Robert Kosara has an interesting post up on EagerEyes where he uses Tableau to visually highlight trends in states' presidential party preference. Two readers suggested that the states should not be arranged alphabetically, instead clustering them in some fashion that groups like-minded states.

A reasonable approximation would be to sort states according to the percent of time they voted for a given party. To break ties we can sort by the latest year that each state voted for that party. Here's the resulting image:


The sort order is based on party preference aggregated over time, which is difficult to perform in the view above since time itself is a dimension; we must first sort in the absence of time, and allow that sort order to persist as we evolve the visualization. To create the view above let's start with a simple view of party vs. state.

Next we define a calculated field 'CntPartyLastYear' that will aggregate the count of a state's party preference over time, along with the tie-breaking value of the most recent year a state voted for each party (converted to a fractional value).

  • CntPartyLastYear:  COUNT([Party]) + MAX([Year]) / 10000

Place this field on the "Text" shelf and create a table calculation for the percent of a state's total vote to see the split in party preference aggregated over time:

Finally select a column (I arbitrarily chose the Republican party) and sort.  This sort order will persist as we modify the visualization to create the final image.  Remove 'CntPartyLastYear' from the Text shelf.  Move 'Party' from the Columns shelf to the Color shelf, and place 'Year' (discrete, all values) on the Columns shelf.  Note that this final step now incorporates time without disrupting our sort based on aggregation over time.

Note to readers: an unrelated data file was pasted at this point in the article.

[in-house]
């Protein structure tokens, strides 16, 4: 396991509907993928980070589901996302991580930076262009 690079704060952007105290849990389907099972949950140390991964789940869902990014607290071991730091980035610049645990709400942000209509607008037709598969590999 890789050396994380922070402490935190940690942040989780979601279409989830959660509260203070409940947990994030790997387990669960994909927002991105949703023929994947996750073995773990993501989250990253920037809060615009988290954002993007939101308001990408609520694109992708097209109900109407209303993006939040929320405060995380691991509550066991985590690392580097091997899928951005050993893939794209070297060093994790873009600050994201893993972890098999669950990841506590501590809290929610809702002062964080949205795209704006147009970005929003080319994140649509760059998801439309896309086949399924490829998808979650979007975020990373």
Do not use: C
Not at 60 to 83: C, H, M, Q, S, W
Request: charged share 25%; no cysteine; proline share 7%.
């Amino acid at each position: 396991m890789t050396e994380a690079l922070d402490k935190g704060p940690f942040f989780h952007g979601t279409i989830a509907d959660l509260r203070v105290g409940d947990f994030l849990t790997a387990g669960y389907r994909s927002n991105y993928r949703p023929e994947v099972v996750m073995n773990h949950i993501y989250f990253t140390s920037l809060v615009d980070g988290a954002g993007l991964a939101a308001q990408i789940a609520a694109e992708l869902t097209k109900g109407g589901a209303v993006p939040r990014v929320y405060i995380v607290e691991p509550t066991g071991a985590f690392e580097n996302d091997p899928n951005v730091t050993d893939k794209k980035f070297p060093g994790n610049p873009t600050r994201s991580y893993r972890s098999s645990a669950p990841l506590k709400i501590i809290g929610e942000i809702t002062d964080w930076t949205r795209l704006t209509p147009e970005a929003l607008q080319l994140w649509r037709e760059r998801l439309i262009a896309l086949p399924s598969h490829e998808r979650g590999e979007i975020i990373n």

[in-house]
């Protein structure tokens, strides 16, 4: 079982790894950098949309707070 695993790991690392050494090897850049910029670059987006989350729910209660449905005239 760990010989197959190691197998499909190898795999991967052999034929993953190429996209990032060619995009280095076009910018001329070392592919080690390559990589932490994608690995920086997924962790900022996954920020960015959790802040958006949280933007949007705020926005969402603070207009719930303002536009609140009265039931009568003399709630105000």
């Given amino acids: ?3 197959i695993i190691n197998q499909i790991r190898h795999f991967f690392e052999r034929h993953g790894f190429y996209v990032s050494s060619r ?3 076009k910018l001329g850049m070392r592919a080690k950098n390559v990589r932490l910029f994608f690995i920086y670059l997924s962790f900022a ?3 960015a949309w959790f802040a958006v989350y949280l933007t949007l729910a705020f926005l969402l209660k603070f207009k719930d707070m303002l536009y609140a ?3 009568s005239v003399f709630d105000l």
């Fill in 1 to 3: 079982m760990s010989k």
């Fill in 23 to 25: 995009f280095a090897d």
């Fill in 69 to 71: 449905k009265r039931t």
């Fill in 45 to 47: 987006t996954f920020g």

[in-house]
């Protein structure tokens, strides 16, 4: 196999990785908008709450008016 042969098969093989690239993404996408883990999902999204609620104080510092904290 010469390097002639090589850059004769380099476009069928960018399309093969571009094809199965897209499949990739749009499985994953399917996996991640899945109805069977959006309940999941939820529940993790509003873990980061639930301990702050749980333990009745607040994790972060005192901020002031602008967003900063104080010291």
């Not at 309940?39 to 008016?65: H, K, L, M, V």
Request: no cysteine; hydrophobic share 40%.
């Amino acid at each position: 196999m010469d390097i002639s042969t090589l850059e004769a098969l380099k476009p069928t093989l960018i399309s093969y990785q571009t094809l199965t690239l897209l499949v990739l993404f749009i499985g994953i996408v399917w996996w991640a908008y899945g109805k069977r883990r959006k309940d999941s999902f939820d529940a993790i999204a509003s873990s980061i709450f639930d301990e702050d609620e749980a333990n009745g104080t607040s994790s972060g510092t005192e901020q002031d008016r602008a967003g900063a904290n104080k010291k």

If you'd like to experiment, here's the packaged workbook (TWBX). We offer a free trial that you can quickly download and install to play with the data analysis yourself.

다음 내용도 확인해보는 것이 좋습니다.


My effort is here:

For sorting the States I used an exponentially-decaying weighting scheme. I gave each State 1 for a "D" vote in 2008, 0.8 for a "D" vote in 2004, 0.64 for a "D" vote in 2000, etc., back to 1980, breaking ties alphabetically by State abbreviations. I decided to stick with States by columns and time by rows, but put 2008 at the top out of personal preference. I also chose to have Party letters for two reasons. First, it avoids needing a key for third parties (P and SR), second if printed in grayscale it would still be legible (a precept dinned into me as a student).

I also experimented with making the "D" or "R" formatted differently (boldface, italics, etc.) whenever different from the previous election to emphasize when a State switched, but decided those looked too busy and anyhow the contrasts are reasonably obvious as it stands.